Easter Norwegian crime novels
Easter crime novels displayed at a bookshop in OsloGetty

With Easter just around the corner, celebrations are getting under way with millions of people travelling to see family and friends to share meals and give chocolate Easter eggs. From candlelit processions to Scandinavian crime novels, IBTimes UK looks at how the world celebrates Holy Week ahead of Easter Sunday.

Portugal

Dressed in traditional costumes, local people take part in rituals, processions and chants recreating events related to Jesus Christ's life. Easter week is celebrated at many places across the Iberia Peninsula, with members of the Misericordia brotherhood take part in a procession to collect donations of food and money as they offer bread to widows and widowers ahead of Good Friday.

Norway

Norwegians have a tradition of "Easter-Crime" literature, or Påskekrim, during which many around the country read detective novels. In February 1923, two Norwegians called Nordahl Grieg and Nils Lie decided to write a book about the looting of a train to Bergen, called Bergenstoget plyndret i natt, or simply, The Bergen Train Robbed Last Night.

To promote the book, the authors advertised it by printing its title on the front page of the national newspaper Aftenposten – convincing thousands it was real news. The stunt kicked off what would continue to be Påskekrim.

Misericordia brotherhood
Members of the Misericordia brotherhood collect donations as they offer bread to widows and widowersGetty

Spain

Holy Week is Seville is known as Semana Santa de Sevilla and is one of the most spectacular processions of masked penitents and intricate floats. It is one of the city's two largest annual festivals, the other being the Feria de Abril. The festival features a procession of pasos, floats of wooden sculptures depicting scene of the events of the Passion, or images of the grieving Virgin Mary. Many of the sculptures are considered artistic masterpieces, as well as being spiritually significant to the local Catholic population.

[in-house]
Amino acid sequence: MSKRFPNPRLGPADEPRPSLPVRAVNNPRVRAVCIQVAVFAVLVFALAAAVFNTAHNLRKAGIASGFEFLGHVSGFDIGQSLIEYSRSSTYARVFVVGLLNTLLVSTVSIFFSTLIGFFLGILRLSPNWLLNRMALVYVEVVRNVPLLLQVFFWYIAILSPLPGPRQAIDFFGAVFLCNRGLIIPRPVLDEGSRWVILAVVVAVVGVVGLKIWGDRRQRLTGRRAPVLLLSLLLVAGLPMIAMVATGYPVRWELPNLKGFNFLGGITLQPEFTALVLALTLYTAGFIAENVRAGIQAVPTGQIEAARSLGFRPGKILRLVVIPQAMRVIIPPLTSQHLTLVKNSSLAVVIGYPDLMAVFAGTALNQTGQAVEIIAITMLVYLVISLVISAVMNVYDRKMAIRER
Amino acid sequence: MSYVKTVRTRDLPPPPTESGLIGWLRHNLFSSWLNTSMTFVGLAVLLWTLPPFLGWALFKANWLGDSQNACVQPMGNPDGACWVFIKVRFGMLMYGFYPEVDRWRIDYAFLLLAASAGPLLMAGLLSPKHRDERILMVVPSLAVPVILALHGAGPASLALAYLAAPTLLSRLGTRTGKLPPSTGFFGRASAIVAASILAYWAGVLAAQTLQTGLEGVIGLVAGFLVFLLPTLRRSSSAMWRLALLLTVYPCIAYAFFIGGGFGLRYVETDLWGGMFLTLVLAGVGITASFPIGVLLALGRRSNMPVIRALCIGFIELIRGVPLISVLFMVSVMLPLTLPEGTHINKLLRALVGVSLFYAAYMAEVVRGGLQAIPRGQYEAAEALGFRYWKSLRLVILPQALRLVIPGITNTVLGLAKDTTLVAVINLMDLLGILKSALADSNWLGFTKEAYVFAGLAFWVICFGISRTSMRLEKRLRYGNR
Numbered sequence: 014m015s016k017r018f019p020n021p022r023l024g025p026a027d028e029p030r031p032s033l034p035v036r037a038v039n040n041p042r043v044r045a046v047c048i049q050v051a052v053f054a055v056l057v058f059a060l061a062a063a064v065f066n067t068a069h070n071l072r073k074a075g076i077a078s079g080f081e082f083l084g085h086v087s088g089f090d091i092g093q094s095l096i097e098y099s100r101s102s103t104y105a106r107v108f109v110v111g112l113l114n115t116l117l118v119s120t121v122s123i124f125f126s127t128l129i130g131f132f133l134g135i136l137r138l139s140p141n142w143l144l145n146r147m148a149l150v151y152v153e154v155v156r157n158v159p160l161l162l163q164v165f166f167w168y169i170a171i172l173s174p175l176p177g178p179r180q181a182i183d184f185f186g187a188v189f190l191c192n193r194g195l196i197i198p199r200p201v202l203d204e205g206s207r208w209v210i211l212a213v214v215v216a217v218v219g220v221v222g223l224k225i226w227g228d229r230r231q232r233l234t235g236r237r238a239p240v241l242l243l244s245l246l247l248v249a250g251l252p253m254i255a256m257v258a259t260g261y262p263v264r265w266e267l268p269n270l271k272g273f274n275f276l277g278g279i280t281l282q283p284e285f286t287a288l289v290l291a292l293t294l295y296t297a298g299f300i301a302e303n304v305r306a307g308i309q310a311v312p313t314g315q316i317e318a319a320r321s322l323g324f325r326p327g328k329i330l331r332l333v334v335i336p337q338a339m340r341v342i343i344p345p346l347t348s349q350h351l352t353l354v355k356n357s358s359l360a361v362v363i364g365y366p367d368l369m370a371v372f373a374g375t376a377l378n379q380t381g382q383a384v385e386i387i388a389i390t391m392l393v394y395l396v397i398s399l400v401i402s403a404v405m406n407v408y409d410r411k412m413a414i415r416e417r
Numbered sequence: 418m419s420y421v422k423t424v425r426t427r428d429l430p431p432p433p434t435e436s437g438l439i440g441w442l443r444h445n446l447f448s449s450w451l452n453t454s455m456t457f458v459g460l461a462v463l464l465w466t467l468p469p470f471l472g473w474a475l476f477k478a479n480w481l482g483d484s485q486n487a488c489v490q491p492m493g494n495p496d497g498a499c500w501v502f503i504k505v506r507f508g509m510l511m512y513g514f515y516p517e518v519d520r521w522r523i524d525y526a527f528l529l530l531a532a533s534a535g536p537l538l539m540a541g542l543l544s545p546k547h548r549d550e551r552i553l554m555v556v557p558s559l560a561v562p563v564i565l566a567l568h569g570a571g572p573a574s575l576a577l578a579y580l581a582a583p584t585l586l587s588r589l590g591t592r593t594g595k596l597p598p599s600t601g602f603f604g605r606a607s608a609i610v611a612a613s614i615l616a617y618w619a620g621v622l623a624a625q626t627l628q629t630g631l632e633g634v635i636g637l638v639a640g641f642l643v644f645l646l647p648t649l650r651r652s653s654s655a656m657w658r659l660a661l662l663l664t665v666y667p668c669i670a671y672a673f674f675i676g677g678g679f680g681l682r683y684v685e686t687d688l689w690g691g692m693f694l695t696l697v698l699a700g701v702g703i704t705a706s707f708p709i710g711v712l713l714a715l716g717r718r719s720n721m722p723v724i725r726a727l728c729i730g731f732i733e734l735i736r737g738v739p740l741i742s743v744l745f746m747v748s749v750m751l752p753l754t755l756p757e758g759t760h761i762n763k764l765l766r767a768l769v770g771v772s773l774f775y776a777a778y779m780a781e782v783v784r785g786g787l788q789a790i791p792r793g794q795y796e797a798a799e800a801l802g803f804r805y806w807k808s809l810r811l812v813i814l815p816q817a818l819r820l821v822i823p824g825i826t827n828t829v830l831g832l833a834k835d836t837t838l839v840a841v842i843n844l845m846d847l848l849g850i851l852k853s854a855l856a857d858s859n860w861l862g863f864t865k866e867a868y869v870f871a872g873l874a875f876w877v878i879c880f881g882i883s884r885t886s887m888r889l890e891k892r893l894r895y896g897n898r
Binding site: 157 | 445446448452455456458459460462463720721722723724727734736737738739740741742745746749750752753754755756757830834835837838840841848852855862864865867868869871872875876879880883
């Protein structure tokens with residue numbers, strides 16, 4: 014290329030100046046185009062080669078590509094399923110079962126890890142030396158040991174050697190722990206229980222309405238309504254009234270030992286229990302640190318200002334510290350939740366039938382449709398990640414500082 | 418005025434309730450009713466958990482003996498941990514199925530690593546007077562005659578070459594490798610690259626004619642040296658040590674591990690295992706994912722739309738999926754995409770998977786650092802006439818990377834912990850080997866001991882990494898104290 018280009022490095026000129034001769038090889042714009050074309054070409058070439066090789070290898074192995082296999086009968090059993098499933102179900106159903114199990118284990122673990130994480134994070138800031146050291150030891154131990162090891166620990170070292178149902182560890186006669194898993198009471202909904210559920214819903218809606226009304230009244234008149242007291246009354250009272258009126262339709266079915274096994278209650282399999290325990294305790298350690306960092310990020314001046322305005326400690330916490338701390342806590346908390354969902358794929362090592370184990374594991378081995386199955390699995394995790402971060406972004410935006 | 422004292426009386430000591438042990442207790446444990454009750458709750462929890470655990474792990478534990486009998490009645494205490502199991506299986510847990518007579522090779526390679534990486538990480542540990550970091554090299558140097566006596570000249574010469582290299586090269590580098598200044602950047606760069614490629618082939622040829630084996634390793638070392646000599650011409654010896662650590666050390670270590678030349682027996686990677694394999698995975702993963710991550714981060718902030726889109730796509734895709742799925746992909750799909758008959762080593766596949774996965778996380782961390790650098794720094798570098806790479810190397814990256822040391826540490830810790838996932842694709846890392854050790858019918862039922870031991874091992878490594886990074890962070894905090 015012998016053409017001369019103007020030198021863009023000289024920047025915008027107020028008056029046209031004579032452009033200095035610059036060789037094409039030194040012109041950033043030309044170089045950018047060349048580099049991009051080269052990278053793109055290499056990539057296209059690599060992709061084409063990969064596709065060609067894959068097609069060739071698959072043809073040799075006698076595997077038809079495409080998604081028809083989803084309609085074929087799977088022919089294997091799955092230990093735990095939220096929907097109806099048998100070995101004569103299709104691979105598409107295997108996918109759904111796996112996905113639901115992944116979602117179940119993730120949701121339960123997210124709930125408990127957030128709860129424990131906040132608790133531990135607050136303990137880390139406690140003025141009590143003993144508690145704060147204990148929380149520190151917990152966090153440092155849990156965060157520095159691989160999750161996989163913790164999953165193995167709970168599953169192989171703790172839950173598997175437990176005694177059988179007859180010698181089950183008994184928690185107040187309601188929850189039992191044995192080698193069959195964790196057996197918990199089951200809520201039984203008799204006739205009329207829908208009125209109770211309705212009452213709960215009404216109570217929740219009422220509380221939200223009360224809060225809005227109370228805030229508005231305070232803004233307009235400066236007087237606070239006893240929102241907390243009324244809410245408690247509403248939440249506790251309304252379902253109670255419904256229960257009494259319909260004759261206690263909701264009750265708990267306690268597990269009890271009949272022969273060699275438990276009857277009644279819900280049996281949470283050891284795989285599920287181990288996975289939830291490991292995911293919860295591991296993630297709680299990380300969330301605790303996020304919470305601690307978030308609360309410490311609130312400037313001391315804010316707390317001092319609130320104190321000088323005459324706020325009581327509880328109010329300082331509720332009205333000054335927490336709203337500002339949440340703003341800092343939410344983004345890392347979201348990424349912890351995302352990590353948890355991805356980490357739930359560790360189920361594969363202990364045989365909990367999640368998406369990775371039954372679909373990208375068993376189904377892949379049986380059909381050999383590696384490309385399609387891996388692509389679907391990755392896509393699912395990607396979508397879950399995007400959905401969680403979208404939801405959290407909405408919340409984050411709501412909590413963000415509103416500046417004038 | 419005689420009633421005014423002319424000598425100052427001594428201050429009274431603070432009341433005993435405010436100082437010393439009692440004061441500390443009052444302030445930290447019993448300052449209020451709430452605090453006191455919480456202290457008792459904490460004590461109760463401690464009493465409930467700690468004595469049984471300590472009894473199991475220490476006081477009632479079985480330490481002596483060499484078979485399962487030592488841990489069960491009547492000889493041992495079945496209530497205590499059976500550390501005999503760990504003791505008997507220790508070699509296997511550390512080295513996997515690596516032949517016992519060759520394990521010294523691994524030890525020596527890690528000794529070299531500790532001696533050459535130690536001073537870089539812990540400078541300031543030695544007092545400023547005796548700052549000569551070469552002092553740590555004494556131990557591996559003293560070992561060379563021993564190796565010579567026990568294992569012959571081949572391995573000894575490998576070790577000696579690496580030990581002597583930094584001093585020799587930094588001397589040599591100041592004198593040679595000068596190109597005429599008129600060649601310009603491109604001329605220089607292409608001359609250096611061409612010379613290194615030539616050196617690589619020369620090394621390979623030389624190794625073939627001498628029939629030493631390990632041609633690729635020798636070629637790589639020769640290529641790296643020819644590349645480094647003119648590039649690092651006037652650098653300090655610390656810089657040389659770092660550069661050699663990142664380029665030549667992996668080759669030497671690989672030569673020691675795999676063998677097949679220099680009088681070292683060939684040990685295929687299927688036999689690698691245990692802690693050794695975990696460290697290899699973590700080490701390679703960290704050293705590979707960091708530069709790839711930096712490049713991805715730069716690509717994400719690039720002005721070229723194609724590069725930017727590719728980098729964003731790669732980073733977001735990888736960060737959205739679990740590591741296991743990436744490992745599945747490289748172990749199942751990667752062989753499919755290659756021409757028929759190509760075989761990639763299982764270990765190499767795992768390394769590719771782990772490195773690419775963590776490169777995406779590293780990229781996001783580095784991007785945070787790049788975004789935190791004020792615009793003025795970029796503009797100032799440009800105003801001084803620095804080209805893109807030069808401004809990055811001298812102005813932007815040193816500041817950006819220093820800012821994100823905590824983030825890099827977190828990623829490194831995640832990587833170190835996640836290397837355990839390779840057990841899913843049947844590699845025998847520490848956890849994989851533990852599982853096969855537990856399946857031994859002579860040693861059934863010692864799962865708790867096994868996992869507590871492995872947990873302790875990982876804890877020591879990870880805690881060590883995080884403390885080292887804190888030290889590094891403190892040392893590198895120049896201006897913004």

Sardinia

During Easter week, Sardinia's capital Cagliari hosts rituals and processions to celebrate the religious festival, which begin on the Friday before Palm Sunday when the sacred Procession of the Mysteries, organised by the Brotherhood of the Crocifisso, leaves from San Giacomo Square. The procession of the Seven Statues of "The Mysteries", dating back to the 18th century, goes around Cagliari and stops at seven different churches.

Philippines

Catholic Filipinos take part in a ritual in which semi-naked penitent whips their backs with bamboo sticks and blades, as part of religious penance during the week leading up to Easter, including walking barefoot in the heat, to cleanse the sins of devotees.

Easter wooden eggs
Traditional painted Easter eggs sit on displayGetty

Poland

Easter in Poland, and many other eastern European countries, is a major holiday in which traditions and rituals are carried out the week before. Śmigus-Dyngus, or lany poniedziałek – "Wet Monday" – is a tradition in which boys drench each other with buckets of water on Easter Monday, the origins of which come from the baptism of Poland's Prince Mieszko on the day in 966AD. Pisanki, handcrafted and painted wooden eggs, are displayed to represent fertility and spring.

Guatemala

Antigua Guatemala, a city in the central highlands of Guatemala, is home to the largest Easter celebration in the world in which the Passion, the Crucifix and the Resurrection of Jesus are commemorated. The procession is rooted in Andalusian tradition and was brought over by Spanish missionaries in the 16th century. The entire city takes part in the event, accompanied by thousands of tourists who travel to the city to experience Holy Week.